BlackBox2 - crash safe data recorder for sounding rockets

We are the BlackBox 2 Team from the city university of applied sciences Bremen, Germany and part of the REXUS27 mission of the DLR and SNSA sounding rocket experiment. We are schedules to launch our experiment of the REXUS27 from Esrange, Sweden in March 2020.

Our aim is to build a generic crash-safe flight data recorder for the use in sounding rockets. The flight data recorder offers the ability to store data in real-time at a data-rates of up to 1Gbit/s using Ethernet. Up to 64GB of data can be stored during a mission offering large amounts of data storage for video, photo and further high data rate experiment data.

The flight recorder consists of a redundant dual computer and storage solution to ensure safe data storage. As well as an internal battery pack and 4 radio modems to allow localization after an incident. The flight recorder is housed inside a crash-absorbing casing to allow operation even after large forces occur against the flight recorder The flight recorder's postion is found using a GNSS modem. This information is then sent through a redundant satellite communition system via the Irdidium and Globalstar satellite systems as well as VHF Transmitter to allow the later recovery.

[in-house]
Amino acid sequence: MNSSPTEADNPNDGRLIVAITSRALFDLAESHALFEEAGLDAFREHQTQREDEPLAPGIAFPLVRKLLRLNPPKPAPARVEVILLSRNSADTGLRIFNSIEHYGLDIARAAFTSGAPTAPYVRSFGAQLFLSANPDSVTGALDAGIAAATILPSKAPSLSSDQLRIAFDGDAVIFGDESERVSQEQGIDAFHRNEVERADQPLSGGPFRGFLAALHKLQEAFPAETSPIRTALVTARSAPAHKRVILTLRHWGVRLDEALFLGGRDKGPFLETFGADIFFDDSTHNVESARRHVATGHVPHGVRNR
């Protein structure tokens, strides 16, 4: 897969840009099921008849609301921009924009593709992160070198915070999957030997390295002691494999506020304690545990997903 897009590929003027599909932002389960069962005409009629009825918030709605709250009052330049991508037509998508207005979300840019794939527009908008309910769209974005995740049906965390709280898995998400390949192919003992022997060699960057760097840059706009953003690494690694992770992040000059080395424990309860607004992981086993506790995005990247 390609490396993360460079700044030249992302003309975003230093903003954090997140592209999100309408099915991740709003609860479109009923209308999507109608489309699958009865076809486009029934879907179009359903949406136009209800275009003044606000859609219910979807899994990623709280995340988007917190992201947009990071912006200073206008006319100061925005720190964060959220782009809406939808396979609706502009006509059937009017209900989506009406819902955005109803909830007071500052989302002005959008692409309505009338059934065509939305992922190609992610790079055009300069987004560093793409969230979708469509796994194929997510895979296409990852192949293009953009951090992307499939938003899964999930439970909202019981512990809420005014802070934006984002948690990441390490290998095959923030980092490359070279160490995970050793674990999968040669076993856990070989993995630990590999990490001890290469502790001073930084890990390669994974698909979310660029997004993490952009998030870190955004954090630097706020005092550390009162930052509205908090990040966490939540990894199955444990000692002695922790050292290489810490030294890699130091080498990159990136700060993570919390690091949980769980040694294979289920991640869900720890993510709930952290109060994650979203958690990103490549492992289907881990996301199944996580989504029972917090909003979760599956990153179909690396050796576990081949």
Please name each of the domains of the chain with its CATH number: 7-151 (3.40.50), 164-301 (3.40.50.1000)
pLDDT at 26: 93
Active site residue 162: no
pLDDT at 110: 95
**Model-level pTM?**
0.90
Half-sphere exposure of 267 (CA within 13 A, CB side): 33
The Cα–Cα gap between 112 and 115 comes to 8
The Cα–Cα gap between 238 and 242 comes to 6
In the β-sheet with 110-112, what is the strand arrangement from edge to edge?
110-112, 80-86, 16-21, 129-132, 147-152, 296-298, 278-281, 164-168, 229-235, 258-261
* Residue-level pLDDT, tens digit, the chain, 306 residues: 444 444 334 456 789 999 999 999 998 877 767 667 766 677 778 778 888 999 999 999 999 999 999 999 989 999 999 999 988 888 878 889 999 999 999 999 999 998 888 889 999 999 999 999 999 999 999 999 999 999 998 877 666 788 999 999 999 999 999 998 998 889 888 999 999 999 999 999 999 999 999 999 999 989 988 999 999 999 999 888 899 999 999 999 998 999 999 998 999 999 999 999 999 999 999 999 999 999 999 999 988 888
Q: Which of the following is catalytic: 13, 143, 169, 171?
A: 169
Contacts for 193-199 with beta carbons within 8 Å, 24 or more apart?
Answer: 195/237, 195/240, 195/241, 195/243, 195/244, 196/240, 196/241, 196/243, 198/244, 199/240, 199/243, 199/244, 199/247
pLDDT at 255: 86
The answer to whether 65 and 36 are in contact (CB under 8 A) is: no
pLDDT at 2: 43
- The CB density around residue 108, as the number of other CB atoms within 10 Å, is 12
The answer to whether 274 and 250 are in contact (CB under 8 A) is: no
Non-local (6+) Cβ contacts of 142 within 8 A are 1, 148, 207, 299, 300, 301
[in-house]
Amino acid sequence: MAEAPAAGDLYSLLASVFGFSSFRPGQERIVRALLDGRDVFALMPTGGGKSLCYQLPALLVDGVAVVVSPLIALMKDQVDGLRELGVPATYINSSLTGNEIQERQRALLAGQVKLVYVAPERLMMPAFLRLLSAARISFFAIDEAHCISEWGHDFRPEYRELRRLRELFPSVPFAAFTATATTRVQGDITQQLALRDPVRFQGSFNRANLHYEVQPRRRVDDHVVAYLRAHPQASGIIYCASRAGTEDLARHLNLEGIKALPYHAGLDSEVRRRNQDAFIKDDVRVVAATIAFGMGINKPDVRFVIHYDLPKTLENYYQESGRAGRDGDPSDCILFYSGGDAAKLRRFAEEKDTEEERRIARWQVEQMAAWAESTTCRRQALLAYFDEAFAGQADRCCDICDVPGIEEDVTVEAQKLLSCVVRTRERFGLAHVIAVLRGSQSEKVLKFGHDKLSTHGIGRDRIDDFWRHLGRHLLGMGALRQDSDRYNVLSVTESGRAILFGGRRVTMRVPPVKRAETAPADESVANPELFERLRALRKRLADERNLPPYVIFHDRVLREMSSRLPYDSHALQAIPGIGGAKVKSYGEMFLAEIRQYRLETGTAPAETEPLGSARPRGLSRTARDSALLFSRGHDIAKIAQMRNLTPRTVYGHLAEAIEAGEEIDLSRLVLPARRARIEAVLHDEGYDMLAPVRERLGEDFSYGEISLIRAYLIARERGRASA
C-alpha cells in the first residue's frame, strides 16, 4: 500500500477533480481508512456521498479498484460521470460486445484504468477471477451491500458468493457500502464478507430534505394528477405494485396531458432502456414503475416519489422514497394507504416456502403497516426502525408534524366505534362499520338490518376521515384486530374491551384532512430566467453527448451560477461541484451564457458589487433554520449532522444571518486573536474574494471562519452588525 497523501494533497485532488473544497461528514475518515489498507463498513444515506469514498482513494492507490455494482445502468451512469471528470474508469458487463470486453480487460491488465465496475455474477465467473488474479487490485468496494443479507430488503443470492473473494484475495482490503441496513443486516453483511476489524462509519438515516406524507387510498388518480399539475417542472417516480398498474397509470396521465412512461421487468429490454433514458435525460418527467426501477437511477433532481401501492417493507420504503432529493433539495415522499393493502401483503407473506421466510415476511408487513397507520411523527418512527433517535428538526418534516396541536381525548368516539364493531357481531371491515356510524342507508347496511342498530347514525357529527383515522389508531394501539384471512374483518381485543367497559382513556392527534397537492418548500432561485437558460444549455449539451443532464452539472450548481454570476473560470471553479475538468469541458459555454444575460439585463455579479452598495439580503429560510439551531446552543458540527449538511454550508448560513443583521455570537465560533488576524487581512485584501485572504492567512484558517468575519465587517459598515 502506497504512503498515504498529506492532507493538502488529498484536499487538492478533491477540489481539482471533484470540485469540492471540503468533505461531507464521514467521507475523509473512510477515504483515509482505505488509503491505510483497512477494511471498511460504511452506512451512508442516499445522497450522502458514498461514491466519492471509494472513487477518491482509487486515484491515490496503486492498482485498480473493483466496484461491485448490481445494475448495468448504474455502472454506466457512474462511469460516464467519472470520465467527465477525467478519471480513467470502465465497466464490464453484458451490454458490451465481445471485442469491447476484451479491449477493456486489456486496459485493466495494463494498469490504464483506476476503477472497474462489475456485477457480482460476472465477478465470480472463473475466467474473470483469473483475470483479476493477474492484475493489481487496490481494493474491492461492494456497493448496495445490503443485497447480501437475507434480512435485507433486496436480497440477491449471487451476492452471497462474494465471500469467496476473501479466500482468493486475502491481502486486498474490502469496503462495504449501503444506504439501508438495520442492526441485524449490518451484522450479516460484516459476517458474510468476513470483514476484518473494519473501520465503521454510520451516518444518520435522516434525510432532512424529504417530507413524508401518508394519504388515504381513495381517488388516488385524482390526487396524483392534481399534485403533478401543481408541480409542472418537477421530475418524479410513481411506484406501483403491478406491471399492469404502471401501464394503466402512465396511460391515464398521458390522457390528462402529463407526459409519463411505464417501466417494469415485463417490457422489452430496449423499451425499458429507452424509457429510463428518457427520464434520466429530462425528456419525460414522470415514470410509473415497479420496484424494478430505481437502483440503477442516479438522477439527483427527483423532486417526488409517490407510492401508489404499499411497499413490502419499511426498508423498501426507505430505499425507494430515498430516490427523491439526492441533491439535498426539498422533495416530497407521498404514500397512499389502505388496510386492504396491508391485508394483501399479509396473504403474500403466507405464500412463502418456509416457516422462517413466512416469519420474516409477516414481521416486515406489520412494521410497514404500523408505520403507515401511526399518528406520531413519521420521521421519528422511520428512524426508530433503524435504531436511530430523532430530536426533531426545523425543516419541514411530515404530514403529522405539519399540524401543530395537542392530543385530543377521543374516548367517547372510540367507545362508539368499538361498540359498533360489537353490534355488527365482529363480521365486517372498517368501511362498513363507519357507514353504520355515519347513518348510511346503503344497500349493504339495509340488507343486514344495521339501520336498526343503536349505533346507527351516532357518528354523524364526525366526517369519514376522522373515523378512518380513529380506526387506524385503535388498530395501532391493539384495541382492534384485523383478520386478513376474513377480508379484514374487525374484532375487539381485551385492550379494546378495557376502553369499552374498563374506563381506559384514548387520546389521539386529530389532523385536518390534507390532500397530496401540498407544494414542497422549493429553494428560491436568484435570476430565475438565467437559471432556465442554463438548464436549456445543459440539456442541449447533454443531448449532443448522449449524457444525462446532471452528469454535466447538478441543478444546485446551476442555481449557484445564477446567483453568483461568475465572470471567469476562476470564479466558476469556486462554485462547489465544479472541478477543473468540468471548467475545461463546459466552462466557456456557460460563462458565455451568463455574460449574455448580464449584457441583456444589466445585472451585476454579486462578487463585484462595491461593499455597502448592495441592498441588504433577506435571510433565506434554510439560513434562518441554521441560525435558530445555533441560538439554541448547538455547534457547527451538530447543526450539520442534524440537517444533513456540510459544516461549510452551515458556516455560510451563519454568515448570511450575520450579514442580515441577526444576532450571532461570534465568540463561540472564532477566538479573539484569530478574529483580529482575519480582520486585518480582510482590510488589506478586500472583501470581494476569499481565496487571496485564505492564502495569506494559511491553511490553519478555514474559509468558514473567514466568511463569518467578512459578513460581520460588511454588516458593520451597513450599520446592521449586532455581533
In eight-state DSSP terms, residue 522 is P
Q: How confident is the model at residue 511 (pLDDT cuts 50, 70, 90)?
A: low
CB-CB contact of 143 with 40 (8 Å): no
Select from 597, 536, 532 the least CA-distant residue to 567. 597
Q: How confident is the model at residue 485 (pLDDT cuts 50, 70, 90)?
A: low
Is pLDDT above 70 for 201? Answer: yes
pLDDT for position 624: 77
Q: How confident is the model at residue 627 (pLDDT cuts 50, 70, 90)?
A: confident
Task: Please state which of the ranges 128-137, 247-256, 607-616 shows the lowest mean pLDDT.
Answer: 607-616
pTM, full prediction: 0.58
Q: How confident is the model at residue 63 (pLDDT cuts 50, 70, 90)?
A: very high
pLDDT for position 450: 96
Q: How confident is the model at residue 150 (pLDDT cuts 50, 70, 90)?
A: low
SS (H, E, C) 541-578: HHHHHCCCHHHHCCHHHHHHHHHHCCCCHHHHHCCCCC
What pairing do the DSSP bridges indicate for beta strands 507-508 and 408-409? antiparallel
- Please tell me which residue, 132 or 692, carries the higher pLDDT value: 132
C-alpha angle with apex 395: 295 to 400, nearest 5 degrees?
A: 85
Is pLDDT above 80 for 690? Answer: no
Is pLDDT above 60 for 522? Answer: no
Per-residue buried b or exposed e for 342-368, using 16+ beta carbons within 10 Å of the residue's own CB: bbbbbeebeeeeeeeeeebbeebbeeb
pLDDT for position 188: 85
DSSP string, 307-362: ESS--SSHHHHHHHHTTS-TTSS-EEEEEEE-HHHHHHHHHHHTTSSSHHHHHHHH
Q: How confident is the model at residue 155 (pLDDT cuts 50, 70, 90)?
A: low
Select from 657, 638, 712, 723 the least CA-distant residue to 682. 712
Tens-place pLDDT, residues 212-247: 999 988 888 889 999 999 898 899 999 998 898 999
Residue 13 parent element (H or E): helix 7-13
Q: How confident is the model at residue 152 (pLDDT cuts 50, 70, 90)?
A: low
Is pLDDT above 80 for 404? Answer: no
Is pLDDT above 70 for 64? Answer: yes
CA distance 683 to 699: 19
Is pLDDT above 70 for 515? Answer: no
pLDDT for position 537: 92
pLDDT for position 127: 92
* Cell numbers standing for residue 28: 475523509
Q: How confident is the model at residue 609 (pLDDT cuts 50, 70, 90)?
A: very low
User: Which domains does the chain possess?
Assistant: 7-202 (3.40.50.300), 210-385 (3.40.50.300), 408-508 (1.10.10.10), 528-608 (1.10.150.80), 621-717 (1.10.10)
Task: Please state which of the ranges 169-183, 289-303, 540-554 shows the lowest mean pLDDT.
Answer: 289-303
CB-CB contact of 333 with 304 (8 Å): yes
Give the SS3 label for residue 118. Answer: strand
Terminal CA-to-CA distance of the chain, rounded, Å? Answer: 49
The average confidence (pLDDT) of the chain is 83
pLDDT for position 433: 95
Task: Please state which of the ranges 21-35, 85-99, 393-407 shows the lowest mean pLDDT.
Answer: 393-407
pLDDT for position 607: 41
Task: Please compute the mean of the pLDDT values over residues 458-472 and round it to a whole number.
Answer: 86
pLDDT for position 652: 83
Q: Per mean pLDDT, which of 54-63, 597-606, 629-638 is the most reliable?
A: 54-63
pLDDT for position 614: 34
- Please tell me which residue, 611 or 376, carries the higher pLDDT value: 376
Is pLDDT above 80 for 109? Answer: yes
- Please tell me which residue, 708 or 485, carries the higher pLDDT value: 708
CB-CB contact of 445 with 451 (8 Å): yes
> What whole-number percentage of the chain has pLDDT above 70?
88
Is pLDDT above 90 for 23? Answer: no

To simulate use-case of the flight recorder, the experiment is housed in the nose-cone of the REXUS27 rocket and is ejected at aprox. 55Km. Prior to launch and during the flight data is already being stored from internal sensors (temperature, pressure and IMU) as well as from a place-holder rocket on-board computer to generation large amounts of data. This includes secondary sensors data as well as a high-resolution video stream from inside the nose-cone. Shortly before ejection the video stream begins storing to capture the full ejection of the nose-cone from the rocket. After ejection the experiment will continue storing sensor data and video during free-fall. Shortly before impact the radio modems begin operation and transmits the location of the experiment to our ground station.

A set of redundant antennas ensure that the experiment's location can be determined and transmitted regardless of the orientation of the nose-cone after impact. The internal battery allows the location to be constantly transmitted for many hours after impact to allow the recovery team to locate the experiment and bring it back safely to the launch site.

and identical model of our fight recorder will also launch on a student built sounding rocket, the AquasonicII, also launch in March, 2020.

Due to the complexity involved and large number of PCBs are required to accommodate all our electronics. This is where PCBway would be of great help during our manufacturing phase.

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Nov 06,2019
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